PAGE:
The difficulty of ulcers 

Úlceras en el pie diabético

The control of ulcers and injuries is an element to consider. Hospital de La Paloma has in its Diabetic Foot Unit the necessary human and technological resources to attend to these injuries in all its phases. There are studies that show that the poor metabolic control of diabetes produces a malfunction of leukocytes, which are the first line of defense of the organism against infection. We could call these alterations diabetic immunopathy. There are other alterations at the capillary level that can hinder the passage of leukocytes to the exact place where the infection is occurring, which makes its solution difficult. 

If there is an added ischemia, both the body’s defense factors and antibiotics will not reach the bacterial proliferation zone at the appropriate concentration. At the same time, there are other processes that are currently being investigated that affect the healing of these ulcers. What is certain is that once the infection is inoculated into the foot of the diabetic, it spreads rapidly through the tendons, affecting rapidly the bone and produces necrosis with high frequency even in patients without ischemia.

Diabetic Foot Treatment and ulcer approach  

Unidad pie diabético canarias

The main treatment in Diabetic Foot is the prevention and control of the disease. At Hospital La Paloma we control accurately the evolution of diabetes. The controls are carried out based on the risk of the patient and should be performed at least once a year, increasing according to the symptoms of the patients.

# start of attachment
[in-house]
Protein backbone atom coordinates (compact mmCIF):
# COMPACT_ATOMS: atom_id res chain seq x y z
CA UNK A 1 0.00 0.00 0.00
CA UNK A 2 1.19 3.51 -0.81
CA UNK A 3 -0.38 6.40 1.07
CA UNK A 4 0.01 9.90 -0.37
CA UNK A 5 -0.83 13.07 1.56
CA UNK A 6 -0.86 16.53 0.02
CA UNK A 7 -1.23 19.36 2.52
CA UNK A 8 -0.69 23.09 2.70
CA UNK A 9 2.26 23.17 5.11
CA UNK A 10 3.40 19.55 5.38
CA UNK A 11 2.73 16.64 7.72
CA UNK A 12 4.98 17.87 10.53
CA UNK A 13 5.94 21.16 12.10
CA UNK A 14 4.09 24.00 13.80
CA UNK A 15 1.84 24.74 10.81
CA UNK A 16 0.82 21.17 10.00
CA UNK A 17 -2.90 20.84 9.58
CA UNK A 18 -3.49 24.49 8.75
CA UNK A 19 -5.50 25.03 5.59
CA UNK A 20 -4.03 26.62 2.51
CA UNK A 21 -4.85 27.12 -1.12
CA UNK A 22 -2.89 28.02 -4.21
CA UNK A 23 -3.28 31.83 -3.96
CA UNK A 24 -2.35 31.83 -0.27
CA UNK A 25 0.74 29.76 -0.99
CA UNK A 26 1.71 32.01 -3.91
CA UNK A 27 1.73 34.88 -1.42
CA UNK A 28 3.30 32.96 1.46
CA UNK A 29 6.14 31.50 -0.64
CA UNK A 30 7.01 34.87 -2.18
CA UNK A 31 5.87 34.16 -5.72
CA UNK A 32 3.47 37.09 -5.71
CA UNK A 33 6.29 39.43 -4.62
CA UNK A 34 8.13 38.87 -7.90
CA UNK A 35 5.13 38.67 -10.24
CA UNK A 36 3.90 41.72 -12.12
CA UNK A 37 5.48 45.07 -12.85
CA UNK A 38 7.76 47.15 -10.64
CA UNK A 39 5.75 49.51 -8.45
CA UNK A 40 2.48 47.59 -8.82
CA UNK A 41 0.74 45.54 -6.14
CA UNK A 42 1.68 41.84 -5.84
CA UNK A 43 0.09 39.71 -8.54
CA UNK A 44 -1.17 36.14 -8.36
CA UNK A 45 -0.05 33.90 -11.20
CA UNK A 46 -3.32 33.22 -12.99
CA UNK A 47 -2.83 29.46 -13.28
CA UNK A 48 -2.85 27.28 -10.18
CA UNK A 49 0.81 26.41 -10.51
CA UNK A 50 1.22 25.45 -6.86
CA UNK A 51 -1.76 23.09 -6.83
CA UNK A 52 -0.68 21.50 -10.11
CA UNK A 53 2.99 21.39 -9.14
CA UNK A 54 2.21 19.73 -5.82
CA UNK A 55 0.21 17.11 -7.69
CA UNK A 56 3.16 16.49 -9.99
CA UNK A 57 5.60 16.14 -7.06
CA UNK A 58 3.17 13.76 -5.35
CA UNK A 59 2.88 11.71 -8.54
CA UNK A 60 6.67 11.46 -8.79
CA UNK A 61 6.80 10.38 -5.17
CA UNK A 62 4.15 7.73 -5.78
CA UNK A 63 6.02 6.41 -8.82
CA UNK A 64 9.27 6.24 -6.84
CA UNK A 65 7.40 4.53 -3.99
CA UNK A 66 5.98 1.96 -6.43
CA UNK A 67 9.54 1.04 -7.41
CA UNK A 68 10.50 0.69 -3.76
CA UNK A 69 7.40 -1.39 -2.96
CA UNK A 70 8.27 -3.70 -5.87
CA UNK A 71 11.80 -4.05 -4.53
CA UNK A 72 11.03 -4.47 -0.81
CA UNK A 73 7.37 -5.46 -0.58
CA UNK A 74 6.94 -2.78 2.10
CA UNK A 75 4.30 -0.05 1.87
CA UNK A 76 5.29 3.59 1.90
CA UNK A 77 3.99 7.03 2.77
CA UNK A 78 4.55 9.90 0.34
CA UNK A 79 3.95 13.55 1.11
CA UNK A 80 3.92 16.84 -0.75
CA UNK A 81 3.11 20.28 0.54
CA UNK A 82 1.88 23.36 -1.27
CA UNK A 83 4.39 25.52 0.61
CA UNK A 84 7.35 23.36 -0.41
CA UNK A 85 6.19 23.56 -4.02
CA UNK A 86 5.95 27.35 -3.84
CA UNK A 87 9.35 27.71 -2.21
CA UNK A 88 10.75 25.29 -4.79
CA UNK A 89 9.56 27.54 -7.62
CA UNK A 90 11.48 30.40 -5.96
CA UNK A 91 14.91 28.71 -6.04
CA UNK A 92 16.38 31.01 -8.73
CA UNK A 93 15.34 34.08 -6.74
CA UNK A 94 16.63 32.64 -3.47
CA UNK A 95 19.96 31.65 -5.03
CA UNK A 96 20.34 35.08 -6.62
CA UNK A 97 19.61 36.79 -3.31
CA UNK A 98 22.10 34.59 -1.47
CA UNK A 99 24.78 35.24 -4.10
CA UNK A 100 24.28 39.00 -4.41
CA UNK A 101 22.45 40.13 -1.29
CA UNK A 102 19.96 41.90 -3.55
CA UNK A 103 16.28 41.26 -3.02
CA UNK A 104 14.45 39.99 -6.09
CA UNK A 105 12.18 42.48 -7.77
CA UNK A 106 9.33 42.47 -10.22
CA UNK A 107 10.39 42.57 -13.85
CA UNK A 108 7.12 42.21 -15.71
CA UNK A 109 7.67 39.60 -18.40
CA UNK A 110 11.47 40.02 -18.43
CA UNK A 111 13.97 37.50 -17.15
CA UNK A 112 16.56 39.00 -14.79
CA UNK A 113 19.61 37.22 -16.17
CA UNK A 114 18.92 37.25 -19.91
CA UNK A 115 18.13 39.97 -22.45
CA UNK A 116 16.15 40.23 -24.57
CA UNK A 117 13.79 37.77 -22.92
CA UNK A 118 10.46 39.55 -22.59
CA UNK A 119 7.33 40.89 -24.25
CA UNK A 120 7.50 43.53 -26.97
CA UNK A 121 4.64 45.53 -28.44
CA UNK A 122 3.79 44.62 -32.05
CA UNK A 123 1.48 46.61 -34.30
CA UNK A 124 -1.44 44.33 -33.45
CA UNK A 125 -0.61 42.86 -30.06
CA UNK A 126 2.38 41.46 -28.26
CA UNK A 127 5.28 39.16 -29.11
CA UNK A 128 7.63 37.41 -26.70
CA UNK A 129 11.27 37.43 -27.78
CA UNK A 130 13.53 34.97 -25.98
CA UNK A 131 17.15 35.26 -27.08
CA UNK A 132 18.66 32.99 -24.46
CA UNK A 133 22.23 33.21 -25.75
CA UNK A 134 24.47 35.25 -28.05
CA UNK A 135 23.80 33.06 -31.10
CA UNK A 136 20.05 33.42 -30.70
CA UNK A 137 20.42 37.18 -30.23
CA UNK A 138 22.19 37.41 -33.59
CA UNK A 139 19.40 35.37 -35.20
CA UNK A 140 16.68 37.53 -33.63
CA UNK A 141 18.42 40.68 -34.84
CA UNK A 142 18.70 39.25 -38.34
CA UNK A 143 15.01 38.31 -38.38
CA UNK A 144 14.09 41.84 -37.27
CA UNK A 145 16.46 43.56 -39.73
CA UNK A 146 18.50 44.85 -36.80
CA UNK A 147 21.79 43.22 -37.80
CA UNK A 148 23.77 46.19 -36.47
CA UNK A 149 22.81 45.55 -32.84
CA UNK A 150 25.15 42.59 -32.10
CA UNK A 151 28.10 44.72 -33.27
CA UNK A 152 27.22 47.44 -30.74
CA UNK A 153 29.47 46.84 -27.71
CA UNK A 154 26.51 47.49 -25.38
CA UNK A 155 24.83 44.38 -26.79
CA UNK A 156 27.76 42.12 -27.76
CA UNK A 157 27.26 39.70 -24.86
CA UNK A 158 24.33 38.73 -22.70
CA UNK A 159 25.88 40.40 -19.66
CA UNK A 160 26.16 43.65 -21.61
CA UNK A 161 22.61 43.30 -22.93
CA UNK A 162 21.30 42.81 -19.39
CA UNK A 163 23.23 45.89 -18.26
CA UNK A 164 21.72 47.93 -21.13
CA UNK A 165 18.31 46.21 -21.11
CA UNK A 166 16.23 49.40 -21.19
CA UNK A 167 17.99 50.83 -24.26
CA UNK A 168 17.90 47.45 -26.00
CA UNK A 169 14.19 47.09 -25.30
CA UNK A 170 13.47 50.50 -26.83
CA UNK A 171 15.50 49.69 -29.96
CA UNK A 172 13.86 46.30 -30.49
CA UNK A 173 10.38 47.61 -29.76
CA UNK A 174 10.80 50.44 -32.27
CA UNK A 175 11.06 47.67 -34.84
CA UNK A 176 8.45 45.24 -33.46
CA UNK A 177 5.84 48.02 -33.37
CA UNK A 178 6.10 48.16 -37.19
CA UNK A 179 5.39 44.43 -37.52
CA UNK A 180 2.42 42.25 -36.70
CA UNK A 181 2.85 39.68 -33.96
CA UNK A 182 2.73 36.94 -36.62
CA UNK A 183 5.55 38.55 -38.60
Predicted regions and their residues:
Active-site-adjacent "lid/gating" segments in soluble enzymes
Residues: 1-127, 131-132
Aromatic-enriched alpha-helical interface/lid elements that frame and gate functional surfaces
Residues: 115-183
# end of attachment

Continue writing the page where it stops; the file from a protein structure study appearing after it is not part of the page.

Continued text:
When ulcers arise it means that the disease is without proper control. The first thing we do in our Unit is to classify and identify the type of ulcer suffered by the patient to proceed to their care. The interventions to treat them are based essentially on an adequate injury coverage, infection treatment, and pressure relief.

People with diabetes who have had an ulcer previously should take special care with their hygiene, foot care and the use of appropriate footwear. The great challenge is also to prevent recurrences since its rate in patients who have presented an ulcer is 66% after five years.